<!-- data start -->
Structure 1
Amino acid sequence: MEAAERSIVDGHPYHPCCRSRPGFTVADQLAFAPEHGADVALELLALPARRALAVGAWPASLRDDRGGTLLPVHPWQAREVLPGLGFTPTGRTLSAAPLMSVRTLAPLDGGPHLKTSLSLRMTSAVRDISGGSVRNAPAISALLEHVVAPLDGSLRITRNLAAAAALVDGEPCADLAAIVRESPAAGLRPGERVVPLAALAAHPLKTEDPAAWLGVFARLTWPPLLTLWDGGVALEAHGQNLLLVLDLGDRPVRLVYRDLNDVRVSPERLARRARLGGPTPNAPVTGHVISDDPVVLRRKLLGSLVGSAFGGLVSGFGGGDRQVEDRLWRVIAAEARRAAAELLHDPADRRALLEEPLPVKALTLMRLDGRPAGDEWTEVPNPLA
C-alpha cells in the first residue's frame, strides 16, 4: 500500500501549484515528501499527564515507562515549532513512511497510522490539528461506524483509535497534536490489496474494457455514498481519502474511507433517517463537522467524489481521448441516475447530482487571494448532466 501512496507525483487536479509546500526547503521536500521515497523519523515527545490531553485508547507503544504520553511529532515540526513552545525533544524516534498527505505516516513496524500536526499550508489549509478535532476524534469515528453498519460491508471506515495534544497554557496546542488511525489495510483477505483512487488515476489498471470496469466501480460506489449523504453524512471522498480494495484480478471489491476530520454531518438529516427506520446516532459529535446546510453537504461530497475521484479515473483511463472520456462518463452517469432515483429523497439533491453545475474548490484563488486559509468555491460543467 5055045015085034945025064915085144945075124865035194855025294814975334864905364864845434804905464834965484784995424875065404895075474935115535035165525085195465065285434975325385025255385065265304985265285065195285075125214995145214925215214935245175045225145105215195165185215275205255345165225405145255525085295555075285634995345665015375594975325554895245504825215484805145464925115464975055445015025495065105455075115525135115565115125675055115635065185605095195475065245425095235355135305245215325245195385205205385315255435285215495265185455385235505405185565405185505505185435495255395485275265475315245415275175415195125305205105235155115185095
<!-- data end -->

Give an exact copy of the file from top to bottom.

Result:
Structure 1
Amino acid sequence: MEAAERSIVDGHPYHPCCRSRPGFTVADQLAFAPEHGADVALELLALPARRALAVGAWPASLRDDRGGTLLPVHPWQAREVLPGLGFTPTGRTLSAAPLMSVRTLAPLDGGPHLKTSLSLRMTSAVRDISGGSVRNAPAISALLEHVVAPLDGSLRITRNLAAAAALVDGEPCADLAAIVRESPAAGLRPGERVVPLAALAAHPLKTEDPAAWLGVFARLTWPPLLTLWDGGVALEAHGQNLLLVLDLGDRPVRLVYRDLNDVRVSPERLARRARLGGPTPNAPVTGHVISDDPVVLRRKLLGSLVGSAFGGLVSGFGGGDRQVEDRLWRVIAAEARRAAAELLHDPADRRALLEEPLPVKALTLMRLDGRPAGDEWTEVPNPLA
C-alpha cells in the first residue's frame, strides 16, 4: 500500500501549484515528501499527564515507562515549532513512511497510522490539528461506524483509535497534536490489496474494457455514498481519502474511507433517517463537522467524489481521448441516475447530482487571494448532466 501512496507525483487536479509546500526547503521536500521515497523519523515527545490531553485508547507503544504520553511529532515540526513552545525533544524516534498527505505516516513496524500536526499550508489549509478535532476524534469515528453498519460491508471506515495534544497554557496546542488511525489495510483477505483512487488515476489498471470496469466501480460506489449523504453524512471522498480494495484480478471489491476530520454531518438529516427506520446516532459529535446546510453537504461530497475521484479515473483511463472520456462518463452517469432515483429523497439533491453545475474548490484563488486559509468555491460543467 5055045015085034945025064915085144945075124865035194855025294814975334864905364864845434804905464834965484784995424875065404895075474935115535035165525085195465065285434975325385025255385065265304985265285065195285075125214995145214925215214935245175045225145105215195165185215275205255345165225405145255525085295555075285634995345665015375594975325554895245504825215484805145464925115464975055445015025495065105455075115525135115565115125675055115635065185605095195475065245425095235355135305245215325245195385205205385315255435285215495265185455385235505405185565405185505505185435495255395485275265475315245415275175415195125305205105235155115185095